The event willl feature a performance by star percussionist Patti Cudd
Release Date: May 24, 2013
BUFFALO, N.Y. -- The Hiller Computer Music Studios of the University at Buffalo Department of Music will present its annual spring "Black Box" concert of electro-acoustic and computer music at 7:30 p.m. March 27 in the Black Box Theater, UB Center for the Arts, North Campus.
It will be free of charge and open to the public.
This year’s performance will be presented with support from the Department of Music and UB’s Robert and Carol Morris Center for 21 Century Music.
The concert will feature works for percussion and electronics – some of them new -- performed by internationally recognized percussion soloist and chamber musician Patti Cudd, a member of the new music ensemble Zeitgeist.
Cudd has given concerts and master classes throughout the United States, Korea, Thailand, China, Mexico and Europe and has worked closely with some of the most innovative composers of our time, among them Brian Ferneyhough, Morton Feldman, Roger Reynolds, Pauline Oliveros, John Zorn and Frederic Rzewski.
A senior lecturer in music and professor of music at the University of Wisconsin-River Falls, Cudd received her Master of Music Degree from UB, where she studied with the distinguished percussionist Jan Williams, before receiving her doctorate from the University of California, San Diego.
She has premiered more than 150 new works, and this year's Black Box concert will feature five works composed especially for her, among them compositions by Richard Dudas and Ethan Hayden, which will receive their premiere performances that evening.
The concert will feature work by composers who are current and former faculty members, students and alumni.
· “Duo for Cajón and Computer” by Cort Lippe, associate professor of music at U, was composed for the cojón, an Afro-Peruvian box-shaped drum on which the performer sits and plays by striking the box's front face with her hands.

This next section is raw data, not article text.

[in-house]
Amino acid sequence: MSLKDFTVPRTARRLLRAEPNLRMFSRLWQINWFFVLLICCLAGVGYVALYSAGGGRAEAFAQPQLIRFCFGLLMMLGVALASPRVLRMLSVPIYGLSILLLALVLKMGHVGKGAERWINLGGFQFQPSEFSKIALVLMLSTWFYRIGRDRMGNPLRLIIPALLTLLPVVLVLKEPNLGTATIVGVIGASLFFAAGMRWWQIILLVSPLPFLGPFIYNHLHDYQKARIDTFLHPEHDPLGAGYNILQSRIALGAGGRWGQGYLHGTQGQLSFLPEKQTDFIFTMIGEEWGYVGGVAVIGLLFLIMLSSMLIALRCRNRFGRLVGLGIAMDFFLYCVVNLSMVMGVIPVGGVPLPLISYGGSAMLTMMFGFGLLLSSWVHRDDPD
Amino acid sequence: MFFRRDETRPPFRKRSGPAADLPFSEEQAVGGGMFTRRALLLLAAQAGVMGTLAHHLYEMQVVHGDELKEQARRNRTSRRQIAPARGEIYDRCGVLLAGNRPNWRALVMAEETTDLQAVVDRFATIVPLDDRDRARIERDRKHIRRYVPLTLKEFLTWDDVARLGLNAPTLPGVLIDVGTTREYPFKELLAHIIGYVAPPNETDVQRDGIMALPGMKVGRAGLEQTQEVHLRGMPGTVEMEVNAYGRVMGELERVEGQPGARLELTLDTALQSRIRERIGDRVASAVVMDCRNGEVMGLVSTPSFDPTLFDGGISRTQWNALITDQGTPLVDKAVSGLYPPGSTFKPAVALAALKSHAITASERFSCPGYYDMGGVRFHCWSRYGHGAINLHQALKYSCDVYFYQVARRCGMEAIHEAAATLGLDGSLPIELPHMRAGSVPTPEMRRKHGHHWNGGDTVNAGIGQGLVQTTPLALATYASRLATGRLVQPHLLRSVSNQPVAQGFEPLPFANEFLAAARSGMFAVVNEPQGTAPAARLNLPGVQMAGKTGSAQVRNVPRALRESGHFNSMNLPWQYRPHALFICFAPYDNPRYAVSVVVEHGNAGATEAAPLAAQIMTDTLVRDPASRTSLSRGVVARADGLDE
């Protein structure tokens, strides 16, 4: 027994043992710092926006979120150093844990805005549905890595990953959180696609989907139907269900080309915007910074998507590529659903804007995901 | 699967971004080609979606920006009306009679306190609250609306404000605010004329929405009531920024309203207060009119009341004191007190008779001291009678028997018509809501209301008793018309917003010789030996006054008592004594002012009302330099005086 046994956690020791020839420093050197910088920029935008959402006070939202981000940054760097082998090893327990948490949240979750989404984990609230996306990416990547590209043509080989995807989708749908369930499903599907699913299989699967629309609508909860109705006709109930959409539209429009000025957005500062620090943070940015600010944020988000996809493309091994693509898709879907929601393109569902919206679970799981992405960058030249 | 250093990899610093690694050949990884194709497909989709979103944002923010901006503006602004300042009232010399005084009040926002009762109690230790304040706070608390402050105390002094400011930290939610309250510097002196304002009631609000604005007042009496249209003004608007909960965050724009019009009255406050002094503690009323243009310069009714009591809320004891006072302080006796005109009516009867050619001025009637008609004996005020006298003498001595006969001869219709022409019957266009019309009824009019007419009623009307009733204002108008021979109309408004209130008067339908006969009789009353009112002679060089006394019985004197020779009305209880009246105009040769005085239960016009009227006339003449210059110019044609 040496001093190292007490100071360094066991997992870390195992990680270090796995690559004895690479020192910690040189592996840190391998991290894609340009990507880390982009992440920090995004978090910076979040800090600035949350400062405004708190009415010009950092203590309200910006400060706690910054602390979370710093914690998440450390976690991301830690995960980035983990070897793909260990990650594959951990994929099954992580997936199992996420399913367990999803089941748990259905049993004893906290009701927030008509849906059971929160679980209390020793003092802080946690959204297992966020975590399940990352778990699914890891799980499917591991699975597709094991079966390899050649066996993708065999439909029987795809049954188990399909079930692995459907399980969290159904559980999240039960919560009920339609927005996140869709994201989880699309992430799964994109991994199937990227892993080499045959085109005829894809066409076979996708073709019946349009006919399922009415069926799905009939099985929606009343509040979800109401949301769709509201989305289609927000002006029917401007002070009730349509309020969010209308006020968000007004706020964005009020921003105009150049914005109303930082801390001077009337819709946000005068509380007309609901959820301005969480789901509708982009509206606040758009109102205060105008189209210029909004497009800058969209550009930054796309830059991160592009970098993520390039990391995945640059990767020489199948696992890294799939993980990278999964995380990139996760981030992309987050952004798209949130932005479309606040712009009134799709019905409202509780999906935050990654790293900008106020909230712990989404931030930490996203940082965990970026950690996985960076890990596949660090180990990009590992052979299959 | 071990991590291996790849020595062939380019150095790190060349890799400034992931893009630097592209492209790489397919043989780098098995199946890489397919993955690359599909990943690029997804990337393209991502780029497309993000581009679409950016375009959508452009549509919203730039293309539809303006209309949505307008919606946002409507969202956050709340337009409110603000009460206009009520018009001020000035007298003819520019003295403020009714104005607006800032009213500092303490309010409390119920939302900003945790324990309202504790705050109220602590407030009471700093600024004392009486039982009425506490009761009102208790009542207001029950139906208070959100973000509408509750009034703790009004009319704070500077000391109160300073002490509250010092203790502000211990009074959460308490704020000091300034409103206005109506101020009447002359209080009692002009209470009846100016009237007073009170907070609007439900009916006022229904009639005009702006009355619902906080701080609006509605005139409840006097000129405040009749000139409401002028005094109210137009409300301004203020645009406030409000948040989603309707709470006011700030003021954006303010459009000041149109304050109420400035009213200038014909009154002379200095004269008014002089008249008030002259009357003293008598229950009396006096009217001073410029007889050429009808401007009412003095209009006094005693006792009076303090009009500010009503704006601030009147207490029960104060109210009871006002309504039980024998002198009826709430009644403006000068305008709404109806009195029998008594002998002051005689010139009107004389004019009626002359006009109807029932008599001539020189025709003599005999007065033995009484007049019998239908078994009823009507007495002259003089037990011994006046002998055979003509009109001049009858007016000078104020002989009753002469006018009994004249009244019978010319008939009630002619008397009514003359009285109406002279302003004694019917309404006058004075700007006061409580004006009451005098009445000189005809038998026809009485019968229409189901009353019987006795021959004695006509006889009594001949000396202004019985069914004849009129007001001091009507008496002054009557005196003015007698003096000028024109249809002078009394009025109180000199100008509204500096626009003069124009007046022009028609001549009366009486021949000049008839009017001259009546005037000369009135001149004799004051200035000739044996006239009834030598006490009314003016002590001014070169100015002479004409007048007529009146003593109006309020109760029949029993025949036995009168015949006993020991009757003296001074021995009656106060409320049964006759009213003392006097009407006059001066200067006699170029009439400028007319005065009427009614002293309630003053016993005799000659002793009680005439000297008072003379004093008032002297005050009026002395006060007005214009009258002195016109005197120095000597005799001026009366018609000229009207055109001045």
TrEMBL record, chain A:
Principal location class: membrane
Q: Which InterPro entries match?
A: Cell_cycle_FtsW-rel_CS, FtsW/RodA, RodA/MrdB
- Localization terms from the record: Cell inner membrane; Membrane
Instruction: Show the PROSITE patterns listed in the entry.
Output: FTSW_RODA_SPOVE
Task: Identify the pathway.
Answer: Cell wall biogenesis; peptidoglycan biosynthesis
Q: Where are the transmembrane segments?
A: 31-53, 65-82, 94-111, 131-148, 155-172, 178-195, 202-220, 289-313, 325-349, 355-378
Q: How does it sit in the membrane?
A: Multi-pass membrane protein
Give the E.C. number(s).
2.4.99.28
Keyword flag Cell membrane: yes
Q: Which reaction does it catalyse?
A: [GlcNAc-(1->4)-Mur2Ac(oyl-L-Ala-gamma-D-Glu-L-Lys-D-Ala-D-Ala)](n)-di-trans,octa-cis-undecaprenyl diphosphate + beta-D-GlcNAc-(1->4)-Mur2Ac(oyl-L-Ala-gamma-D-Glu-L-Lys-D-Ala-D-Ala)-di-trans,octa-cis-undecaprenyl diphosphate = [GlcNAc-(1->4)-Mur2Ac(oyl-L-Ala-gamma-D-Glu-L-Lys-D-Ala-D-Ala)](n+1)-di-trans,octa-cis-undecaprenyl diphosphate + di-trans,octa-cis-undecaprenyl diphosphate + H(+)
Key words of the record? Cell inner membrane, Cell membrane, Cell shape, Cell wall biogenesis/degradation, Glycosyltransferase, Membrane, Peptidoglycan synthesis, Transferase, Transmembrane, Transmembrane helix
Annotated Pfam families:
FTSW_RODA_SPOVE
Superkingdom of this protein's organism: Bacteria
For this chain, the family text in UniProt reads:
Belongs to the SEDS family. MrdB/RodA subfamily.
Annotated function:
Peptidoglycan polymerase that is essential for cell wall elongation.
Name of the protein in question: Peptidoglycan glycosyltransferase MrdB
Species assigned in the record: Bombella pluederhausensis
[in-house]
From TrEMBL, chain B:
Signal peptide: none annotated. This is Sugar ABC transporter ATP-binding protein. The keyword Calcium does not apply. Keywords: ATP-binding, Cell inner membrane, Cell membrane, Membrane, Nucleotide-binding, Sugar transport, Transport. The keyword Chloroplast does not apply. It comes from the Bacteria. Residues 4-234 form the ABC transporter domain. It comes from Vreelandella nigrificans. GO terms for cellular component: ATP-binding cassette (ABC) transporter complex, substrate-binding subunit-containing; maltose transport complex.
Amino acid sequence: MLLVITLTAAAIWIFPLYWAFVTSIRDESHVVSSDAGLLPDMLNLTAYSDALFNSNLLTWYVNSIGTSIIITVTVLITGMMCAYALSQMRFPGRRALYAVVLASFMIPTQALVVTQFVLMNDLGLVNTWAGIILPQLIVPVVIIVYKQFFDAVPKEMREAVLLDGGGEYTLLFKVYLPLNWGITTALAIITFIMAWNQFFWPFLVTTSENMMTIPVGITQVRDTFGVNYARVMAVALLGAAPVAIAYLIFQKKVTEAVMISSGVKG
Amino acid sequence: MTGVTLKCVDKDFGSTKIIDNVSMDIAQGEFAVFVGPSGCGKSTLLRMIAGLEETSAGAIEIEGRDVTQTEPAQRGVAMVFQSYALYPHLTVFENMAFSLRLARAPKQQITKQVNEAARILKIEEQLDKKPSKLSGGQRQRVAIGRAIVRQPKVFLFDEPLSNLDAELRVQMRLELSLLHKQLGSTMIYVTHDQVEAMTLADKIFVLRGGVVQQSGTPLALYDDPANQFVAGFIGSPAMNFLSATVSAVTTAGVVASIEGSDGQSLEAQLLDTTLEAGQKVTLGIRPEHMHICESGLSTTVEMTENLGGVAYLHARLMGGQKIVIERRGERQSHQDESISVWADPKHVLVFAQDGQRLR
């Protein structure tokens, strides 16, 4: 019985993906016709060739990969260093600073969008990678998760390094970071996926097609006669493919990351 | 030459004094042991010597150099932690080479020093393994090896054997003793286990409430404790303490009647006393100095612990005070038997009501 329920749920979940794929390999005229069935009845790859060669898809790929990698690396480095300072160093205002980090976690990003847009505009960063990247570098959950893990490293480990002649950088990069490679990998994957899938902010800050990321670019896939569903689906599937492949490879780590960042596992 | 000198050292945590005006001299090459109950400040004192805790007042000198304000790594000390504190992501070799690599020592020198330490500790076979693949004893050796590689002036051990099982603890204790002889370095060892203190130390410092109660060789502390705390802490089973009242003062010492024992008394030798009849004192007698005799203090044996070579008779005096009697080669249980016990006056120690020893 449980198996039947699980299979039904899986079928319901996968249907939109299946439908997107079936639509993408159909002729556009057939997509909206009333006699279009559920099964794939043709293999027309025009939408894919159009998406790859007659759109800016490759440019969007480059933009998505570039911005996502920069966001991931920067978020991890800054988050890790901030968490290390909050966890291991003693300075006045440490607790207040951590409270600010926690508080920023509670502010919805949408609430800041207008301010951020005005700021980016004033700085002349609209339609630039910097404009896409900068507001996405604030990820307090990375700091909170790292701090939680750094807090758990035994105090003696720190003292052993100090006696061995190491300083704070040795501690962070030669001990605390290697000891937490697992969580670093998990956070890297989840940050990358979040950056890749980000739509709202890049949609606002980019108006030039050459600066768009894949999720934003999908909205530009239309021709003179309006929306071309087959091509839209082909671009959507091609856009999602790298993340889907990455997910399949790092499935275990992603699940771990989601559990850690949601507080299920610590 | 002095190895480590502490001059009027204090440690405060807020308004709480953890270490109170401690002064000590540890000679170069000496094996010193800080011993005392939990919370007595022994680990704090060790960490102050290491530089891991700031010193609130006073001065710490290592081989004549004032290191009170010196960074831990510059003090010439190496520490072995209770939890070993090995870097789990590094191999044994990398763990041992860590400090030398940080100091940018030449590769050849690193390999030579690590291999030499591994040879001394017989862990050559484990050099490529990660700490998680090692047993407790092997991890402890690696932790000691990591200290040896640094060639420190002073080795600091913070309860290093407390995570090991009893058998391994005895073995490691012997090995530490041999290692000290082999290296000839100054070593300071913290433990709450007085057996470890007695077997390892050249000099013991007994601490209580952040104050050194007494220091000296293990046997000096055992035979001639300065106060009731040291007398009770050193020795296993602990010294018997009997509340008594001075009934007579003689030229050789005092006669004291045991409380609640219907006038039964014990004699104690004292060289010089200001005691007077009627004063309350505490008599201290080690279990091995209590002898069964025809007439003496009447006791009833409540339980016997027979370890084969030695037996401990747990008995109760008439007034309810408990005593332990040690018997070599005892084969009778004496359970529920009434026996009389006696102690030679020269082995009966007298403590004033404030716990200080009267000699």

· In “Wahrheit sass ein buckliger Zwerg darin,” composed for the kalimba by Ethan Hayden, a doctoral student in music at UB. The kalimba is a hand-held thumb piano from Sub-Saharan Africa.
· A composition by former UB visiting professor Richard Dudas will feature, among other instruments, the West African djembe, a rope-tuned skin-covered goblet drum played with bare hands.
· Work by composers Jeff Herriott and Brett Masteller, both UB alumni, takes two very different approaches to the expansion of the repertoire for bass drum and electronics.
· “Snare Alchemy,” by alumnus Barry Moon, explores and expands the timbres of the solo snare drum.
· Rounding out the program will be an electroacoustic piece, “Trittico Mediterraneo” by UB alumnus Kostas Karathanasis, an electroacoustic composer who draws inspiration from modern poetry, art cinema, abstract painting, mysticism, mythology and the depth psychology of Jung.
Dudas, who writes for acoustic instruments has been involved with computer music since the late 1980s and is currently an assistant professor of music at Hanyang University, Seoul, Korea.
Herriott, an associate professor of music at the University of Wisconsin, White Water, studied under Lippe and holds a PhD in composition from UB and his work has been performed and commissioned by a number ensembles and players including Michael Lowenstern, Guido Arbonelli and Arraymusic.
Masteller, also a former student of Cort Lippe, holds a BA and MA from UB and is a doctoral candidate in music composition at Northwestern University. His work includes compositions for acoustic, electro-acoustic and interactive computer and has been performed in the U.S., Europe and Australia.
Moon holds a PhD in music composition from UB. He works in sound/video production, real-time audio and video processing utilizing Max/MSP/Jitter, and interface design for performance and installation environments. He is an associate professor of humanities, arts and cultural studies at the New College of Interdisciplinary Arts and Sciences, Arizona State University and his installations are presented in many venues here and abroad.
Karathanasis is an assistant professor of composition and music technology at the University of Oklahoma.
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